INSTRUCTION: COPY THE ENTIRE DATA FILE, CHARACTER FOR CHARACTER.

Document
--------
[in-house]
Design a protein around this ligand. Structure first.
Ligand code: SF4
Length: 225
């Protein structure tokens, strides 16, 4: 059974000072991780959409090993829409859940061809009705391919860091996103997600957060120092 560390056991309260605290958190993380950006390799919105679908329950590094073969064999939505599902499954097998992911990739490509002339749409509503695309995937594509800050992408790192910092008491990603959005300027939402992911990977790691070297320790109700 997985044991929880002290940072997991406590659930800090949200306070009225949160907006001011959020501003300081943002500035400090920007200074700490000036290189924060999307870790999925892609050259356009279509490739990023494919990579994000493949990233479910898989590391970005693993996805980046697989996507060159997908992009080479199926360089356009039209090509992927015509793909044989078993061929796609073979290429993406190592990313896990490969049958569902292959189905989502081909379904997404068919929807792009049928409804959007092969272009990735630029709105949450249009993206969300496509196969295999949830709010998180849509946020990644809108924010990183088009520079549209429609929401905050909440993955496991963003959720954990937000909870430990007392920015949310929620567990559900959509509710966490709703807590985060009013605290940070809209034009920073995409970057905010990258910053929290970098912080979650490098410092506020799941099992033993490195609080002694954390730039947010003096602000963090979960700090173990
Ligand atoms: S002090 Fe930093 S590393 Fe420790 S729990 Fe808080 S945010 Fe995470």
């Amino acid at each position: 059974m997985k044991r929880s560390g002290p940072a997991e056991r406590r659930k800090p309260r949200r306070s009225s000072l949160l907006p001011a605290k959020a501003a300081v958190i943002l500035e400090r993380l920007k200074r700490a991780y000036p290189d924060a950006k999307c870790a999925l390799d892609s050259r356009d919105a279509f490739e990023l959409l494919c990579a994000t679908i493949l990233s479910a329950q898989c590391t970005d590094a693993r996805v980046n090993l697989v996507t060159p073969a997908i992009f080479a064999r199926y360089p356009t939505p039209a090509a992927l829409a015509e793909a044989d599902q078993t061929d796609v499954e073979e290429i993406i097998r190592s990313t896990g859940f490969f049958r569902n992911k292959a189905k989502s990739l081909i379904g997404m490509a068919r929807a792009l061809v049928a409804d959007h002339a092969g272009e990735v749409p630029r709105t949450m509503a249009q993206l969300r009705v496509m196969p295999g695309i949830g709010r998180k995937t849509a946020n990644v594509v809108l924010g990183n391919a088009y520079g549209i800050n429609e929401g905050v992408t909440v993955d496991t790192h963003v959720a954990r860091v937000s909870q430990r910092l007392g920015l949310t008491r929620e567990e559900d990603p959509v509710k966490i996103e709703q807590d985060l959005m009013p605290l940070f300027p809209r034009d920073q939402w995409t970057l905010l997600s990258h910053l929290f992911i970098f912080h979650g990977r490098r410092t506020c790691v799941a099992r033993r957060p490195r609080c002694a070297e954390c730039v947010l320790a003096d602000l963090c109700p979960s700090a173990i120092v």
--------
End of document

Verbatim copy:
[in-house]
Design a protein around this ligand. Structure first.
Ligand code: SF4
Length: 225
């Protein structure tokens, strides 16, 4: 059974000072991780959409090993829409859940061809009705391919860091996103997600957060120092 560390056991309260605290958190993380950006390799919105679908329950590094073969064999939505599902499954097998992911990739490509002339749409509503695309995937594509800050992408790192910092008491990603959005300027939402992911990977790691070297320790109700 997985044991929880002290940072997991406590659930800090949200306070009225949160907006001011959020501003300081943002500035400090920007200074700490000036290189924060999307870790999925892609050259356009279509490739990023494919990579994000493949990233479910898989590391970005693993996805980046697989996507060159997908992009080479199926360089356009039209090509992927015509793909044989078993061929796609073979290429993406190592990313896990490969049958569902292959189905989502081909379904997404068919929807792009049928409804959007092969272009990735630029709105949450249009993206969300496509196969295999949830709010998180849509946020990644809108924010990183088009520079549209429609929401905050909440993955496991963003959720954990937000909870430990007392920015949310929620567990559900959509509710966490709703807590985060009013605290940070809209034009920073995409970057905010990258910053929290970098912080979650490098410092506020799941099992033993490195609080002694954390730039947010003096602000963090979960700090173990
Ligand atoms: S002090 Fe930093 S590393 Fe420790 S729990 Fe808080 S945010 Fe995470």
């Amino acid at each position: 059974m997985k044991r929880s560390g002290p940072a997991e056991r406590r659930k800090p309260r949200r306070s009225s000072l949160l907006p001011a605290k959020a501003a300081v958190i943002l500035e400090r993380l920007k200074r700490a991780y000036p290189d924060a950006k999307c870790a999925l390799d892609s050259r356009d919105a279509f490739e990023l959409l494919c990579a994000t679908i493949l990233s479910a329950q898989c590391t970005d590094a693993r996805v980046n090993l697989v996507t060159p073969a997908i992009f080479a064999r199926y360089p356009t939505p039209a090509a992927l829409a015509e793909a044989d599902q078993t061929d796609v499954e073979e290429i993406i097998r190592s990313t896990g859940f490969f049958r569902n992911k292959a189905k989502s990739l081909i379904g997404m490509a068919r929807a792009l061809v049928a409804d959007h002339a092969g272009e990735v749409p630029r709105t949450m509503a249009q993206l969300r009705v496509m196969p295999g695309i949830g709010r998180k995937t849509a946020n990644v594509v809108l924010g990183n391919a088009y520079g549209i800050n429609e929401g905050v992408t909440v993955d496991t790192h963003v959720a954990r860091v937000s909870q430990r910092l007392g920015l949310t008491r929620e567990e559900d990603p959509v509710k966490i996103e709703q807590d985060l959005m009013p605290l940070f300027p809209r034009d920073q939402w995409t970057l905010l997600s990258h910053l929290f992911i970098f912080h979650g990977r490098r410092t506020c790691v799941a099992r033993r957060p490195r609080c002694a070297e954390c730039v947010l320790a003096d602000l963090c109700p979960s700090a173990i120092v």